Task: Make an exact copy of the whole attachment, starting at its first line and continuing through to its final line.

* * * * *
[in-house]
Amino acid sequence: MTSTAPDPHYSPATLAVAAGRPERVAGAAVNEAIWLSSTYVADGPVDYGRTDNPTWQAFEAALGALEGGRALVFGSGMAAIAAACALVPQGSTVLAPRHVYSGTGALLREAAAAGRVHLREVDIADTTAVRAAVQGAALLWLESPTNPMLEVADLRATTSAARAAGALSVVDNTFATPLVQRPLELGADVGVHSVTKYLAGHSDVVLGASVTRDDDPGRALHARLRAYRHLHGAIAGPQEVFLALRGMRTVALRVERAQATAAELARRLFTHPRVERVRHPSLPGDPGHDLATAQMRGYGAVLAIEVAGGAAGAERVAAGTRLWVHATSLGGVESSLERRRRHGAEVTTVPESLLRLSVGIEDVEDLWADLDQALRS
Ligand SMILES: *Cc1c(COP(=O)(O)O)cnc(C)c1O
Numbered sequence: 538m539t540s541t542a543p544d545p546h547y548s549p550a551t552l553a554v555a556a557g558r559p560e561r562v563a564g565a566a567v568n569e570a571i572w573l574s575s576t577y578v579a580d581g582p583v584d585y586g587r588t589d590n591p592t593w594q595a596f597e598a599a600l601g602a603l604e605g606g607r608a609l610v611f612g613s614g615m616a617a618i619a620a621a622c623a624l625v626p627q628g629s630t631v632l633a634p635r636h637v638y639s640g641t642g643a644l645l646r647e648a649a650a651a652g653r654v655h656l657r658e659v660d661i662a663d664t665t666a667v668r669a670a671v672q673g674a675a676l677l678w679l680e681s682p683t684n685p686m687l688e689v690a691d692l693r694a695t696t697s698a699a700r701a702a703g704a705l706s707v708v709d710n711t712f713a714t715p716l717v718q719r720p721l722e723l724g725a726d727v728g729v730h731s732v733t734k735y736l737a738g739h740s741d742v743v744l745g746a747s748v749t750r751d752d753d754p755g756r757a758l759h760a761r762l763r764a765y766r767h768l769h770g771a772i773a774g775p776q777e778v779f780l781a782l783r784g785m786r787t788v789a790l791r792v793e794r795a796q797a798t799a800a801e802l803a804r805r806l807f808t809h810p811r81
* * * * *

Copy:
[in-house]
Amino acid sequence: MTSTAPDPHYSPATLAVAAGRPERVAGAAVNEAIWLSSTYVADGPVDYGRTDNPTWQAFEAALGALEGGRALVFGSGMAAIAAACALVPQGSTVLAPRHVYSGTGALLREAAAAGRVHLREVDIADTTAVRAAVQGAALLWLESPTNPMLEVADLRATTSAARAAGALSVVDNTFATPLVQRPLELGADVGVHSVTKYLAGHSDVVLGASVTRDDDPGRALHARLRAYRHLHGAIAGPQEVFLALRGMRTVALRVERAQATAAELARRLFTHPRVERVRHPSLPGDPGHDLATAQMRGYGAVLAIEVAGGAAGAERVAAGTRLWVHATSLGGVESSLERRRRHGAEVTTVPESLLRLSVGIEDVEDLWADLDQALRS
Ligand SMILES: *Cc1c(COP(=O)(O)O)cnc(C)c1O
Numbered sequence: 538m539t540s541t542a543p544d545p546h547y548s549p550a551t552l553a554v555a556a557g558r559p560e561r562v563a564g565a566a567v568n569e570a571i572w573l574s575s576t577y578v579a580d581g582p583v584d585y586g587r588t589d590n591p592t593w594q595a596f597e598a599a600l601g602a603l604e605g606g607r608a609l610v611f612g613s614g615m616a617a618i619a620a621a622c623a624l625v626p627q628g629s630t631v632l633a634p635r636h637v638y639s640g641t642g643a644l645l646r647e648a649a650a651a652g653r654v655h656l657r658e659v660d661i662a663d664t665t666a667v668r669a670a671v672q673g674a675a676l677l678w679l680e681s682p683t684n685p686m687l688e689v690a691d692l693r694a695t696t697s698a699a700r701a702a703g704a705l706s707v708v709d710n711t712f713a714t715p716l717v718q719r720p721l722e723l724g725a726d727v728g729v730h731s732v733t734k735y736l737a738g739h740s741d742v743v744l745g746a747s748v749t750r751d752d753d754p755g756r757a758l759h760a761r762l763r764a765y766r767h768l769h770g771a772i773a774g775p776q777e778v779f780l781a782l783r784g785m786r787t788v789a790l791r792v793e794r795a796q797a798t799a800a801e802l803a804r805r806l807f808t809h810p811r81